1. Good luck with your program, hold on to that excitement, always make sure it's driving you forward! I did a BSc in Science Honours Biology and Pharmacology... now I'm working away at a PhD in Biochemistry (in the faculty of medicine here in Calgary) and I'm sticking with academia for as long as I still love it. I blog about everything else I do outside of my lab though!

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    1. Oh wow that seems like such a fasciniting study and you're probably like supersmart! :) And thank you, I'm so excited!

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  2. Wow, this is very very cool! Interesting learning about the school system - in my school we didn't have to choose a track that early. Chinese is definitely becoming important! I know some from when I was younger (went to a bilingual school) but I do want to improve mine someday.

    Exciting time in your life!

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    1. I like to read about other school systems as well! :) And it's cool that you already know some, in a year we can have a little conversation in Chinese haha :) xo

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  3. Wow, I can't believe things can be determined for you so early! Such a contrast to the U.S. school system. Interesting, though. Although, I'm almost 30 and I STILL don't know what I want to be when I grow up! haha. Oh, and I've actually been to Ghent, my husband and I stayed there for a few days when we were in Europe for our honeymoon. We LOVED the city, it was one of our favorite stops! Good luck with your program!

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    1. Yes, you have to choose really early, it kind of sucks because you can't know at 11 what you want to do, right? And I'm glad you liked Ghent! :) xo

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  4. Thank you so much for stopping by my blog!

    I thought this post was incredibly interesting, I live in the states but I actually grew up in Antwerp. It's amazing to me how people can have such different experiences, I went to the "Stedelijk Instituut voor Sierkunsten en Ambachten" where in my experience there was never any talk about university (and none from at home either) we expected to do a 7th year and then to be placed in a job. At 13yo I so badly wanted to be a hairdresser, however these idea's change and when I realized a year later that it wasn't for me I had to redo my year in a different class because hairdressing is considered lower than Graphic design. It's absolutely crazy to expect a child to know what it is that they want to do as an adult. My brother chose a different route attending an "Atheneum" and took Latin, he was also let down big time by the school system, again, these are just my personal experiences but it seemed like the curriculum there is too advanced for the grades it is being taught to and because of this many kids get left behind, I remember being surrounded by 20yo's in 3rd middlebaar (equivalent to 9th grade), that being said the public school system here in the states is so bad that I have chosen to home school my kids :/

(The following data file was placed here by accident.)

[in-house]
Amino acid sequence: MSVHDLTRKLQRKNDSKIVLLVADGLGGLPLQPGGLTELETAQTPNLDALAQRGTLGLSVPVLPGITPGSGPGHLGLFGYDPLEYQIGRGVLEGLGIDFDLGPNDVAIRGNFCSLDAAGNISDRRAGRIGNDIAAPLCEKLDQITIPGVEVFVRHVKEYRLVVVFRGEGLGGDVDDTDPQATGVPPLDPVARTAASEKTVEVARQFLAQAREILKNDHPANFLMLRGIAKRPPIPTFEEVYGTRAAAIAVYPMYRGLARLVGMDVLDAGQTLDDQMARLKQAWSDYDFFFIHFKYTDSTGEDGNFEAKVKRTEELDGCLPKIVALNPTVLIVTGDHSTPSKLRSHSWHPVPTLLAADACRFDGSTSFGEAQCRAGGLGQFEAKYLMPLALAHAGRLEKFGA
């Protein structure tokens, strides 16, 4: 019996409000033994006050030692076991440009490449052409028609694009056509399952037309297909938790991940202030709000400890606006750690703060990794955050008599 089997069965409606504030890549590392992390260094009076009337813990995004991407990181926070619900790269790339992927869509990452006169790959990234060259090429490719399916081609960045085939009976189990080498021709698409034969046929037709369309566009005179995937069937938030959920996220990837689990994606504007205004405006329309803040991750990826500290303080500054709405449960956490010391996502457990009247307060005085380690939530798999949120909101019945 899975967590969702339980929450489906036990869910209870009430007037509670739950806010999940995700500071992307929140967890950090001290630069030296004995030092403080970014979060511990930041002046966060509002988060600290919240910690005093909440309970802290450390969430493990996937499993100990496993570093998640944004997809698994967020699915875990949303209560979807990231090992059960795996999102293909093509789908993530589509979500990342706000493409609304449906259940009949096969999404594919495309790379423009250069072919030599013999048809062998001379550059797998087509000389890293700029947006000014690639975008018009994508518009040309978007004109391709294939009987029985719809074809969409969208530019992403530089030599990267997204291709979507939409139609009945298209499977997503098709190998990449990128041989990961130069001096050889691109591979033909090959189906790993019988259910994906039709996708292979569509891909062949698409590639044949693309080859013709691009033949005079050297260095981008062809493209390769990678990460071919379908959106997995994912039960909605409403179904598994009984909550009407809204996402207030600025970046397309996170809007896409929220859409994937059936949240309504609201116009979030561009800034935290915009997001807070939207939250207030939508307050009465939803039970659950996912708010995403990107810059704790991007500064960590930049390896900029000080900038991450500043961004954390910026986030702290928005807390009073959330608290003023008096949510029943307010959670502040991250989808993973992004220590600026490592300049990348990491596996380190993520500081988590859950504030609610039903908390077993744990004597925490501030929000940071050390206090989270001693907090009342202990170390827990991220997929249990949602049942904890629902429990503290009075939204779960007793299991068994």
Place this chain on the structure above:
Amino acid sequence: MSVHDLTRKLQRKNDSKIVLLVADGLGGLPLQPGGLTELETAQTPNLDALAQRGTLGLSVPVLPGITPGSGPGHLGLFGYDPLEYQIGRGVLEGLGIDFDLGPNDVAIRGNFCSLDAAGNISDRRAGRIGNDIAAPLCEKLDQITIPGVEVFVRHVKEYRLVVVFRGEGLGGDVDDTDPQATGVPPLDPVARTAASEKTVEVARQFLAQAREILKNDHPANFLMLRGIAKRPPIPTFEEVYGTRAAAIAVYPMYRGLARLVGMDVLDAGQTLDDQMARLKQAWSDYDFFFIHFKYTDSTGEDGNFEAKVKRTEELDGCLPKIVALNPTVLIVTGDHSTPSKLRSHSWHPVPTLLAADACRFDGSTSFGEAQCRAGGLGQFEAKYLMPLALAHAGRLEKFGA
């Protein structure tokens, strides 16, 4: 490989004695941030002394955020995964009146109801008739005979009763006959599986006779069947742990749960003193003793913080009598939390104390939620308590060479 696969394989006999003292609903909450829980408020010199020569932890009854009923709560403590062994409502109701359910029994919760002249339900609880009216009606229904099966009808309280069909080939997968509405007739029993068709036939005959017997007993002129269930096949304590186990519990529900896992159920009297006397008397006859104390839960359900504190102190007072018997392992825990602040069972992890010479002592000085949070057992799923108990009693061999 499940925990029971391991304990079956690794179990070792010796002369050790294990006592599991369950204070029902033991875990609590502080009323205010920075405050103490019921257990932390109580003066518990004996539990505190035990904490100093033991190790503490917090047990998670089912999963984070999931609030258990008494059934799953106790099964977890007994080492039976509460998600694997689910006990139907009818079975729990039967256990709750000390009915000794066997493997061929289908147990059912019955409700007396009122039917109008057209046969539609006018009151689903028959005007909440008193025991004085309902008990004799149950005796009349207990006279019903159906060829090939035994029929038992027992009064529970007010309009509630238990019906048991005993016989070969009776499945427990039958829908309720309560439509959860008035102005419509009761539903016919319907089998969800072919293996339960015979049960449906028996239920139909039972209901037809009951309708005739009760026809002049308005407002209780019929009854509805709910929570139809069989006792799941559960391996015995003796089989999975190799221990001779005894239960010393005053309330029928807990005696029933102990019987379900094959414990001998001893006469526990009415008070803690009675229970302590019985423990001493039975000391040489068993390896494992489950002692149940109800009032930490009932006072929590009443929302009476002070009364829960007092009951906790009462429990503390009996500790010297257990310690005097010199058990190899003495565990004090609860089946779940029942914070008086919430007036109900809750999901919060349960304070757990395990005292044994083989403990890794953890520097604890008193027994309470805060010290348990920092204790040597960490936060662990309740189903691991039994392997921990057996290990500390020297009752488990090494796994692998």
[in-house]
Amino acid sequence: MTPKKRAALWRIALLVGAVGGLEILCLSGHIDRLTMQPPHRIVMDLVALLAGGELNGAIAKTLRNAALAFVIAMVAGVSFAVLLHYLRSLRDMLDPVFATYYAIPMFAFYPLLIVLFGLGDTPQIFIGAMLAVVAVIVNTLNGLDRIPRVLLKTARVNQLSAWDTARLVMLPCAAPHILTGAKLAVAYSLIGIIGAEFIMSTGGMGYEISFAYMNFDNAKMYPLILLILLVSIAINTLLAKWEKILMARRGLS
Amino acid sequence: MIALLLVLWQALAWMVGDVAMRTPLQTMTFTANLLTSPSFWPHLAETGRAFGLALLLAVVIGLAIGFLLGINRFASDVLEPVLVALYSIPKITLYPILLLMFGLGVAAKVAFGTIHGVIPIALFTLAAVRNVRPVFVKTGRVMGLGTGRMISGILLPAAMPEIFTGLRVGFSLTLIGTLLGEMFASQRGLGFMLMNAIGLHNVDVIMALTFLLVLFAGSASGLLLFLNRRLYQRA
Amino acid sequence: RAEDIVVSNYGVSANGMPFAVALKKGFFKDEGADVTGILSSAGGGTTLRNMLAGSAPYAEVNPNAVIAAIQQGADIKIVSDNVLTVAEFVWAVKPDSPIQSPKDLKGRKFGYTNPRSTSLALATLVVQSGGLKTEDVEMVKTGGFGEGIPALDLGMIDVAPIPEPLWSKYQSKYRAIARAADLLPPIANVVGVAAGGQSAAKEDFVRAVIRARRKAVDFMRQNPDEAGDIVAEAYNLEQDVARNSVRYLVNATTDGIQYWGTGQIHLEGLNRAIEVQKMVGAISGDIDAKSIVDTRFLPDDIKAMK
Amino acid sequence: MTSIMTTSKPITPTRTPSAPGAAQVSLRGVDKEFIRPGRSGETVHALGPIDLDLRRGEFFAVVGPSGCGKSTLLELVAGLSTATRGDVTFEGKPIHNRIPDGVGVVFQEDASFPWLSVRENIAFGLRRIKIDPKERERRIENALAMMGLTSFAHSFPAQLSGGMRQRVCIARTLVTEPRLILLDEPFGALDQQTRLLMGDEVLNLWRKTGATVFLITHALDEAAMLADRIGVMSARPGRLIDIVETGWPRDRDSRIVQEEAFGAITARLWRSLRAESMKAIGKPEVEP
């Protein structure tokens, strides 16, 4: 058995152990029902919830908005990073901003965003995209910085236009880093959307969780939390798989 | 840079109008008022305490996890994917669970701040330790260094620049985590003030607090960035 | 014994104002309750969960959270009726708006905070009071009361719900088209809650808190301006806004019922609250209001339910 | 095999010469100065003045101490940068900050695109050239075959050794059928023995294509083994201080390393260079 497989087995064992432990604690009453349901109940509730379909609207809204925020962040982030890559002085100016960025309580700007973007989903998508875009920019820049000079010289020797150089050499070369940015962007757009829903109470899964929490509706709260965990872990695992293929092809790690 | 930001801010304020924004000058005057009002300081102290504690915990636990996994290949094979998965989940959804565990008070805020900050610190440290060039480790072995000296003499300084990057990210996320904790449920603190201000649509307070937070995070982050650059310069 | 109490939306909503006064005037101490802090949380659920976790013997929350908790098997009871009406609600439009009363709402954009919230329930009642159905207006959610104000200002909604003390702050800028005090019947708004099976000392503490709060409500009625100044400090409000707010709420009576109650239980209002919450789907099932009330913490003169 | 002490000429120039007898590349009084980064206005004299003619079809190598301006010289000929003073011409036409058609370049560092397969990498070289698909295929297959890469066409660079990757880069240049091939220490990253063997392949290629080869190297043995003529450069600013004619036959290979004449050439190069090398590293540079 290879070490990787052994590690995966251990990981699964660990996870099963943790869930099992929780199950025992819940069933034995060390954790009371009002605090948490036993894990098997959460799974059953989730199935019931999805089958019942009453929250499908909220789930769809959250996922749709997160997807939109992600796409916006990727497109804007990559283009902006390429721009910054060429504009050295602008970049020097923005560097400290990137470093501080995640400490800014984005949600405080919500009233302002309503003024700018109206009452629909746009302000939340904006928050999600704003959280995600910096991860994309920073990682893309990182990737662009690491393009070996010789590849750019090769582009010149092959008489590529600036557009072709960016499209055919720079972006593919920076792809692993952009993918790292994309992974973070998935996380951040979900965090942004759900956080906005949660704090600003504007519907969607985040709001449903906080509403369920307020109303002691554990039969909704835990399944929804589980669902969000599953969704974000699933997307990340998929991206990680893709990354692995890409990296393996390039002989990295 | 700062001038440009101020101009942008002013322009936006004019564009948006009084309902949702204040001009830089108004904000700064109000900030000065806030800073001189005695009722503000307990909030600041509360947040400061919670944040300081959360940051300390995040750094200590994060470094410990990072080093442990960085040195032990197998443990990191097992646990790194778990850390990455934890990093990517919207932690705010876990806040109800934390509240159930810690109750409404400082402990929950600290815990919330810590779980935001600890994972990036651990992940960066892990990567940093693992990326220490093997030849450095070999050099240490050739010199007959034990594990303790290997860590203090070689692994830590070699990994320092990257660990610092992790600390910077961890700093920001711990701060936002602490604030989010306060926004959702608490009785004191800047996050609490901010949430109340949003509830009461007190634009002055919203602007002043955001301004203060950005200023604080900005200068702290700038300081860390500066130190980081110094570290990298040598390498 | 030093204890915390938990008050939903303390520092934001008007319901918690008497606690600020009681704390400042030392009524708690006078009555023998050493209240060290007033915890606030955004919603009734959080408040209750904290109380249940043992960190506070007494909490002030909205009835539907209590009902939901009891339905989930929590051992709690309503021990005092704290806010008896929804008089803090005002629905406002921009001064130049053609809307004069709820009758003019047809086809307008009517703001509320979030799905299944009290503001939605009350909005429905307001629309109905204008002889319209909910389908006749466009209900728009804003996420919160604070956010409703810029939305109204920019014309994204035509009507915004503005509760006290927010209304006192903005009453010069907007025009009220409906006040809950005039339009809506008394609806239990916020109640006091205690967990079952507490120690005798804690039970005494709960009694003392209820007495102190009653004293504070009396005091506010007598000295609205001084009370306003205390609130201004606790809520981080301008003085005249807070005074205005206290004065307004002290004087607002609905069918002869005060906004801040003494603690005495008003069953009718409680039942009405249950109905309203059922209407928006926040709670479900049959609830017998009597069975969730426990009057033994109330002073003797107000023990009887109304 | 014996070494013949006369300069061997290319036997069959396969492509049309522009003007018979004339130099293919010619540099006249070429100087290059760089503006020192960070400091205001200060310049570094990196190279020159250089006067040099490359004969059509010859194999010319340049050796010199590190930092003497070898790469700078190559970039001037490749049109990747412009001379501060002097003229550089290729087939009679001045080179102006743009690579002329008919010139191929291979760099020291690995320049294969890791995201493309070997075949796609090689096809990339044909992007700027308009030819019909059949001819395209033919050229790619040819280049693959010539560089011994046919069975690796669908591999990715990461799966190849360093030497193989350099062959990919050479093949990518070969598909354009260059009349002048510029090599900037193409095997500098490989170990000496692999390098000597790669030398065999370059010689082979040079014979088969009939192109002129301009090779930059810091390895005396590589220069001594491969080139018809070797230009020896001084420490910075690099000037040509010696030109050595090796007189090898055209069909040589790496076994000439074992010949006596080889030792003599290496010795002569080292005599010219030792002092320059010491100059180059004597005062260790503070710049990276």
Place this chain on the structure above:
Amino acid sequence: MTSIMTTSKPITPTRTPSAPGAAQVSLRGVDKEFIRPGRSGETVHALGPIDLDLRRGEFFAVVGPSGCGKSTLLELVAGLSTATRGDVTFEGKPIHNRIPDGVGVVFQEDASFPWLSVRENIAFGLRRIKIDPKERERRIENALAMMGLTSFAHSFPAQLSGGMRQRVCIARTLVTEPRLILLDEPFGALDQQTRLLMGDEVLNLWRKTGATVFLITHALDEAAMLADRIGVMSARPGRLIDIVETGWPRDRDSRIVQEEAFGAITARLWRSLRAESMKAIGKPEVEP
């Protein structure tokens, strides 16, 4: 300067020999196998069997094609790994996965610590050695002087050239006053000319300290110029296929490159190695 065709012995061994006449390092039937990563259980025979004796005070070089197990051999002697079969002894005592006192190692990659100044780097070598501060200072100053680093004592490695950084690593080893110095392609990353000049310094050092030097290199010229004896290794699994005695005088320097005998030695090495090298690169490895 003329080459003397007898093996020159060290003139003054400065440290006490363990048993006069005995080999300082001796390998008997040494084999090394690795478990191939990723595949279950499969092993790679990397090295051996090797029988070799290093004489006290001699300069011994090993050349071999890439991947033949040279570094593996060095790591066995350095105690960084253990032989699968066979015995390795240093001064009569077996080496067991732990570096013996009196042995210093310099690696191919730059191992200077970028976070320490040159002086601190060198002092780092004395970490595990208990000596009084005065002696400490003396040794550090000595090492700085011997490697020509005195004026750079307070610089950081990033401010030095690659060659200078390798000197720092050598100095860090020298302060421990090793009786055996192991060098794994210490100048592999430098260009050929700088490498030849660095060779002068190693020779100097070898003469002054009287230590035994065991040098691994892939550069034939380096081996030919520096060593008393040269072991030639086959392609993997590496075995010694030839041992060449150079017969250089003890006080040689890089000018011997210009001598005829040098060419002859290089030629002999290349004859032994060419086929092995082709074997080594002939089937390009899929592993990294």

Wishing you all the luck you can get!!!

    xo
    Alex

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    1. Oh wauw, that's a whole lot of different. But I definitely agree. I don't think it's a good idea at ALL to let a child choose at such a young age or to make the decision as a parent. You don't get to see what's all out there so how will you ever know what you want to 'become'? I certainly hope a lot will change in the future because I want my children to have a decent education with everything in it, not just a brief selection. And they should be able to decide what they want to do with their lives when they're old enough, not 11. I think home schooling is the perfect opportunity for that :) xoxo